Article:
COLUMBUS, Ohio - The disruptive inventions that make people go "Wow!" tend to come from research in the heart of cities and not in the suburbs, a new study suggests.
Researchers found that, within metro areas, the majority of patents come from innovations created in suburbs - often in the office parks of big tech companies like Microsoft and IBM.
But the unconventional, disruptive innovations - the ones that combine research from different technological fields - are more likely to be produced in cities, said Enrico Berkes, co-author of the study and postdoctoral researcher in economics at The Ohio State University.
These unconventional patents are ones that, for example, may blend research on acoustics with research on information storage - the basis for digital music players like the iPod. Or patents that cite previous work on "vacuum cleaning" and "computing" to produce the Roomba.
"Densely populated cities do not generate more patents than the suburbs, but they tend to generate more unconventional patents," said Berkes, who did the work as a doctoral student at Northwestern University.
"Our findings suggest that cities provide more opportunities for creative people in different fields to interact informally and exchange ideas, which can lead to more disruptive innovation."
Berkes conducted the study with Ruben Gaetani, assistant professor of strategic management at the University of Toronto. Their research was published online recently in The Economic Journal.
Previous research had shown that large metropolitan areas are where patenting activity tends to concentrate, Berkes said, suggesting that population density is an important factor for innovation.
But once Berkes and Gaetani started looking more closely at metro areas, they found that a sizable share of these patents was developed in the suburbs - the least densely populated part. Nearly three-quarters of patents came from places that had density below 3,650 people per square mile in 2000, about the density of Palo Alto, California.
"If new technology is spurred by population density, we wanted to know why so much is happening in the least dense parts of the metro areas," Berkes said.
So Berkes and Gaetani analyzed more than 1 million U.S. patents granted between January 2002 and August 2014. They used finely geolocated data from the U.S. Patent and Trademark Office that allowed them to see exactly where in metro areas - including city centers and specific suburbs - that patented discoveries were made.
But they were also interested in determining the type of innovations produced - whether they would be considered conventional or unconventional. They did this by analyzing the previous work on which each patent was based.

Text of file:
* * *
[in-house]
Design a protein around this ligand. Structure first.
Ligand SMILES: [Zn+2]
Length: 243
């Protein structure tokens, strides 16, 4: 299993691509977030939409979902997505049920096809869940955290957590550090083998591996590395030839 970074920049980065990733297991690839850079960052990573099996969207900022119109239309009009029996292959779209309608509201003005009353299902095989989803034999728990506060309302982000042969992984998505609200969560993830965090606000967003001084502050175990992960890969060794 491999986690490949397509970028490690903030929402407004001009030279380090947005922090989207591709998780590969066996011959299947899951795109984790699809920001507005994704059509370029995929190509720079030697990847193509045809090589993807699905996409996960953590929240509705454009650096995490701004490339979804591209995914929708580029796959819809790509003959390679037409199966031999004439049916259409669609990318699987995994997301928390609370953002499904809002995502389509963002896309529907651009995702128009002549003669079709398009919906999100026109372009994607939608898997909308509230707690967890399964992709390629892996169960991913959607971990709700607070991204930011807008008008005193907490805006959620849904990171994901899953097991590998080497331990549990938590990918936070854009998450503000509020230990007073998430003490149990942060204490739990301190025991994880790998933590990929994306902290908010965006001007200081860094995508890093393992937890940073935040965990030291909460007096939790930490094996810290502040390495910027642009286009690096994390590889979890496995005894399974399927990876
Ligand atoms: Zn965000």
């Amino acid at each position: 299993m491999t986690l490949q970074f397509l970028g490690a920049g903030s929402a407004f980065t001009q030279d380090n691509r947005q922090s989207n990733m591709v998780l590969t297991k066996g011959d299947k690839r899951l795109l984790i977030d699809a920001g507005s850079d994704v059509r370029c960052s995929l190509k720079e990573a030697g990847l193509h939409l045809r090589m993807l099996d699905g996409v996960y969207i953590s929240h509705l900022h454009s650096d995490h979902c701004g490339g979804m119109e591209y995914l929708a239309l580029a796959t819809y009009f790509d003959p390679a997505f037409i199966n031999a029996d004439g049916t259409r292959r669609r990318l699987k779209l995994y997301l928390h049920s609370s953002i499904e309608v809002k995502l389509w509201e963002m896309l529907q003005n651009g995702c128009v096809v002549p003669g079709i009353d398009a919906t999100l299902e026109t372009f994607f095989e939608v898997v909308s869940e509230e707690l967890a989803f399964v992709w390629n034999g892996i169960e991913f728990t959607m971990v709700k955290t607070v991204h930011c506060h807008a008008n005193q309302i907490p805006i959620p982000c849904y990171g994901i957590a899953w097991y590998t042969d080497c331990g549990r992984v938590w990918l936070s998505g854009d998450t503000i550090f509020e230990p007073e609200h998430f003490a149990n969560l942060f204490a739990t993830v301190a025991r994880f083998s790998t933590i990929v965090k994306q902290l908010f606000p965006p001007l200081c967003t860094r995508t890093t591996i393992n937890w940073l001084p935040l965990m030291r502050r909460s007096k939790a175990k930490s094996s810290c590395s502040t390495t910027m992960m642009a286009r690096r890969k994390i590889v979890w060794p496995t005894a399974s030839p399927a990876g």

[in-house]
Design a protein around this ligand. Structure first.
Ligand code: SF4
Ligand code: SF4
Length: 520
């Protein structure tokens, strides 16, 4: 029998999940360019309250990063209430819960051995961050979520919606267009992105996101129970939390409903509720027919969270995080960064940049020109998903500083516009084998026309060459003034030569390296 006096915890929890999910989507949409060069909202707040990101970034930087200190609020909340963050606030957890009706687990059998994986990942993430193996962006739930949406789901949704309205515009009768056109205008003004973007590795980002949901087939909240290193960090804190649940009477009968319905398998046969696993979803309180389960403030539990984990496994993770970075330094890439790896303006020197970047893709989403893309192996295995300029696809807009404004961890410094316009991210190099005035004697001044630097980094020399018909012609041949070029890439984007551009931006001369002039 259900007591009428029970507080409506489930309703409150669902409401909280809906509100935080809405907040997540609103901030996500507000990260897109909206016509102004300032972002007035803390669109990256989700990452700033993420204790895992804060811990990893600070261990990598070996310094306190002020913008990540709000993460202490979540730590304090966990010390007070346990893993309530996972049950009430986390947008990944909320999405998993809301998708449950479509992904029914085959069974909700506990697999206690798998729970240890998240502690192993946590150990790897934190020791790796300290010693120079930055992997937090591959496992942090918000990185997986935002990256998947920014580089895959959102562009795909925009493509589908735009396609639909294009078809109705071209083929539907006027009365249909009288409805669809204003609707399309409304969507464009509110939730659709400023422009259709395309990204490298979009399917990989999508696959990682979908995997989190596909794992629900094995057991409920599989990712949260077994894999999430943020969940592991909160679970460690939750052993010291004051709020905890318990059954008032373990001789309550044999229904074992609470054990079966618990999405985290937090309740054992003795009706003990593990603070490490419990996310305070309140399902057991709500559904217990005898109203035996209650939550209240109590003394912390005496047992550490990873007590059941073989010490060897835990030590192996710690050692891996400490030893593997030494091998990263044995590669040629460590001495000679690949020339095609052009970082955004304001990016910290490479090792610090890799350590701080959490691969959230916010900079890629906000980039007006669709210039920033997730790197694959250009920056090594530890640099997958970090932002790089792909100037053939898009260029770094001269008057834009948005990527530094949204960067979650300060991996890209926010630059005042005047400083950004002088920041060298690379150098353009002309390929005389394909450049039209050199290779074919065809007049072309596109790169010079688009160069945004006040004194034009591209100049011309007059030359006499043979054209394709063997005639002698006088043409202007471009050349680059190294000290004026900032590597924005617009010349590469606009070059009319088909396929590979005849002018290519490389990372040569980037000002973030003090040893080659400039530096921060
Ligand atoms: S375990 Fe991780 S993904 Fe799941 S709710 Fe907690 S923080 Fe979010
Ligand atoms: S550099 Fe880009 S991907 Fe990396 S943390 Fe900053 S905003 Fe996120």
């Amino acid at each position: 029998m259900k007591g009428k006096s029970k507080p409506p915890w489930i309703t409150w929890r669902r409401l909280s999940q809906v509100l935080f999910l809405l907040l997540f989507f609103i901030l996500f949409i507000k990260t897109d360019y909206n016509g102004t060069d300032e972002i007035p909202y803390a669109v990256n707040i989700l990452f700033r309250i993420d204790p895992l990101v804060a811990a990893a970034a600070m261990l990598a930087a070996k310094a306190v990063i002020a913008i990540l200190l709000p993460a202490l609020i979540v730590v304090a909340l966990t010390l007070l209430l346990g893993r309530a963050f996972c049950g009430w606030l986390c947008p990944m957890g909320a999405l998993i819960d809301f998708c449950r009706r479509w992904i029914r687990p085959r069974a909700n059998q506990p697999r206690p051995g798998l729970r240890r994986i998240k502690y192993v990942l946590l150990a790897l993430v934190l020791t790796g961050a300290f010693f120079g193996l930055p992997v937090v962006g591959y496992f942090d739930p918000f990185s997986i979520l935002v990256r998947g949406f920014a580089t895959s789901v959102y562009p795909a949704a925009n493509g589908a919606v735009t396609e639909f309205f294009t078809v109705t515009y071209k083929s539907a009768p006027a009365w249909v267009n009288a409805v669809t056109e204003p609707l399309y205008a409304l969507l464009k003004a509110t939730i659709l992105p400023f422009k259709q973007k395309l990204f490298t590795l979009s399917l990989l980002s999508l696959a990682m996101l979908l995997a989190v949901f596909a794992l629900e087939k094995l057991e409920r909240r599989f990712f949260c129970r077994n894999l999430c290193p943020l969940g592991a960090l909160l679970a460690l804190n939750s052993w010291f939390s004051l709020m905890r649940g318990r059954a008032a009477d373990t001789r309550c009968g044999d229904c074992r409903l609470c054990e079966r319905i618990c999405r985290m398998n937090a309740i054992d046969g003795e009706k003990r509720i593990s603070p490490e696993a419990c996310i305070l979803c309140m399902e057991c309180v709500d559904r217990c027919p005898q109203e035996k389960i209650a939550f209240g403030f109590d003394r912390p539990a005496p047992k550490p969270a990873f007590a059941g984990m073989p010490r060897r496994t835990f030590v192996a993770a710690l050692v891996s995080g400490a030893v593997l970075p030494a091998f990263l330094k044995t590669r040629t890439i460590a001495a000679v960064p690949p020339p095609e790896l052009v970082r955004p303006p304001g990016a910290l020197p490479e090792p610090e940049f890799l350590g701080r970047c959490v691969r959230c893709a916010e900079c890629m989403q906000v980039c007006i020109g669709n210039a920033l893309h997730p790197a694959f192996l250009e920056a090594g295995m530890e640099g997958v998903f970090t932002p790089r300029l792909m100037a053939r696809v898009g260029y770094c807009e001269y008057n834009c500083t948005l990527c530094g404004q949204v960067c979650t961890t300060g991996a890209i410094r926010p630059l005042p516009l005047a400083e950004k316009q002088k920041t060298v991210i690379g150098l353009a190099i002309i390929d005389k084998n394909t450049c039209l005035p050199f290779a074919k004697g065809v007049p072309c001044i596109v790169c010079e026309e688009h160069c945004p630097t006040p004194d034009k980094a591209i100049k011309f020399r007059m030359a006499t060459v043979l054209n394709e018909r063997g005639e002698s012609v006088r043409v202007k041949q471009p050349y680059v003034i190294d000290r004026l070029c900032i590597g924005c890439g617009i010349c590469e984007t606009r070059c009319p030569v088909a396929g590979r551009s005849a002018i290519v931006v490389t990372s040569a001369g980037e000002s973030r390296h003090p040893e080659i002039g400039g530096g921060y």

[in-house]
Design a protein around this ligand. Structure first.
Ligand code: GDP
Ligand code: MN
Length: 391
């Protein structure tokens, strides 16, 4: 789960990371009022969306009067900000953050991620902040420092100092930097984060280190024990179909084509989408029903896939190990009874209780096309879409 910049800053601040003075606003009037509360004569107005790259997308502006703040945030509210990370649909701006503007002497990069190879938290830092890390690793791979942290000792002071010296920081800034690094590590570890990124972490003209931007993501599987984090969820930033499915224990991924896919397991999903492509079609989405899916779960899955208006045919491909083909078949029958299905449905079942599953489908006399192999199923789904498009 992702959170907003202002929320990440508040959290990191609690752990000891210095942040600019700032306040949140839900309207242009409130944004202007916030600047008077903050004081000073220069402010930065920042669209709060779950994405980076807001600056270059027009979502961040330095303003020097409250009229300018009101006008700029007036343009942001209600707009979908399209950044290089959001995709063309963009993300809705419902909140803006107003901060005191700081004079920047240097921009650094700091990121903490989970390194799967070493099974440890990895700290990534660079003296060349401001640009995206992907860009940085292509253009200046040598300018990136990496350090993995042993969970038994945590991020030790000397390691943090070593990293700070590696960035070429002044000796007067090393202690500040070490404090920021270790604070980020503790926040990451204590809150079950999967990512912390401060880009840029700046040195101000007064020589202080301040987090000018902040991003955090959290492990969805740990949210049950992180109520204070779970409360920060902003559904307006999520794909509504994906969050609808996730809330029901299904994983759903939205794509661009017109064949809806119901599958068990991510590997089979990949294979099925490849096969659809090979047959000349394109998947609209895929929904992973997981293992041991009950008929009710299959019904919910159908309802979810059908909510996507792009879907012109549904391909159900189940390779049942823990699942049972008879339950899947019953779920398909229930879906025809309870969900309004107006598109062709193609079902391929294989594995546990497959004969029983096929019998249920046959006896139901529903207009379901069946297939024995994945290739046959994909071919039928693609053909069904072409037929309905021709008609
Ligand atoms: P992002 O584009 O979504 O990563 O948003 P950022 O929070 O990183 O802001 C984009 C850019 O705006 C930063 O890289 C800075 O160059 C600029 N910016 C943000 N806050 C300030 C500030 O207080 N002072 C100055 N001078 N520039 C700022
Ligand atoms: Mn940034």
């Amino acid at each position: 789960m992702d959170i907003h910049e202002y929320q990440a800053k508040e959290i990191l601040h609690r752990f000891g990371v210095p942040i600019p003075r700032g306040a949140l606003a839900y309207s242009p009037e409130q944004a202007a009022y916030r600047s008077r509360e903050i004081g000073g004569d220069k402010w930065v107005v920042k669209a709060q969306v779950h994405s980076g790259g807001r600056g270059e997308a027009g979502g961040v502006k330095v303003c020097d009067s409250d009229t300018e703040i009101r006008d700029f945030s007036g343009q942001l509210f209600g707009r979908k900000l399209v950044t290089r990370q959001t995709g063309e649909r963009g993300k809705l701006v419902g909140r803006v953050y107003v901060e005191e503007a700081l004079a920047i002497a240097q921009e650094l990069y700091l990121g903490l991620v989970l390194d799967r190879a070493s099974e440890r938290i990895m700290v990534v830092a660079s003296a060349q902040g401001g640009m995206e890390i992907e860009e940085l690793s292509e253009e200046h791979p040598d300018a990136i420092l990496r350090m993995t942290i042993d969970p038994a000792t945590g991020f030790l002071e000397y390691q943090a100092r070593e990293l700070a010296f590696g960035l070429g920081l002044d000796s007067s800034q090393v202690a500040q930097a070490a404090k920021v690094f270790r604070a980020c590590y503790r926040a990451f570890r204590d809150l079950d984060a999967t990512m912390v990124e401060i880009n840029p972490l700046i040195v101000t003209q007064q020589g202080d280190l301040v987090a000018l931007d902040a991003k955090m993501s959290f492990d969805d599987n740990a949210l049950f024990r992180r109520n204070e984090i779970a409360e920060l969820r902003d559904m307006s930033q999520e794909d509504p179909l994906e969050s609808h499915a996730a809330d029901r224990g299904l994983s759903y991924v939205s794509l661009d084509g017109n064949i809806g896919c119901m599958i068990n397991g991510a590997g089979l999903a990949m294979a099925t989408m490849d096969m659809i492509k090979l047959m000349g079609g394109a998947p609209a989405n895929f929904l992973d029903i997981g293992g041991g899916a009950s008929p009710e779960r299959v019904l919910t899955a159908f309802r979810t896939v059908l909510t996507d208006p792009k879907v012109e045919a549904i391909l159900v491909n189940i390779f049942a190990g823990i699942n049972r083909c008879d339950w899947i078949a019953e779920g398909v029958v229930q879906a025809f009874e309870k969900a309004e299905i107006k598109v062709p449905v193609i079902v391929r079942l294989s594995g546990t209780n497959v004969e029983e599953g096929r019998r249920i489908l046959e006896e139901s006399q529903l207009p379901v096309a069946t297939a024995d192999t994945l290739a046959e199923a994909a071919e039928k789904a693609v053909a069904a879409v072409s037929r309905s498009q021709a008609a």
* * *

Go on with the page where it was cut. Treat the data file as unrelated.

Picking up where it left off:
The researchers tagged new patents as unconventional if the inventors cited previous work in widely different areas.
For example, a patent from 2000 developed in Pittsburgh is one of the first recorded inventions in wearable technologies and one of the precursors to products such as Fitbit. It was recognized as unconventional because it cites previous patents in both apparel and electrical equipment - two very distant fields.
After analyzing the data, the researchers found that both urban and suburban areas played a prominent role in the innovation process, but in different ways, Berkes said.
Large innovative companies, such as IBM or Microsoft, tend to perform their research in large office parks located outside the main city centers.
"These companies are very successful in taking advantage of formal channels of knowledge diffusion, such as meetings or conferences, where they can capitalize on the expertise of their scientists and have them work together on specialized projects for the company," Berkes said.
"But it is more difficult for them to tap ideas from other scientific fields because this demands interactions with inventors they're not communicating with every day or running into in the cafeteria or in the hallway."
That's where the urban cores excelled. In cities like San Francisco and Boston, researchers may meet people in entirely different fields at bars, restaurants, museums and cultural events. Any chance encounter could lead to productive partnerships, he said.
"If you want to create something truly new and disruptive, it helps if you have opportunities to casually bump into people from other scientific fields and exchange ideas and experiences and knowledge. That's what happens in cities," he said.
"Density plays an important role in the type, rather than the amount, of innovation."
These findings show the potential value of tech parks that gather technology startup companies in a variety of fields in one place, Berkes said. But they have to be set up properly.
"Our research suggests that informal interactions are important. Tech parks should be structured in a way that people from different startups can easily interact with each other on a regular basis and share ideas," he said.
Contact: Enrico Berkes, Berkes.firstname.lastname@example.org
Written by Jeff Grabmeier, 614-292-8457; Grabmeier.email@example.com
The Economic Journal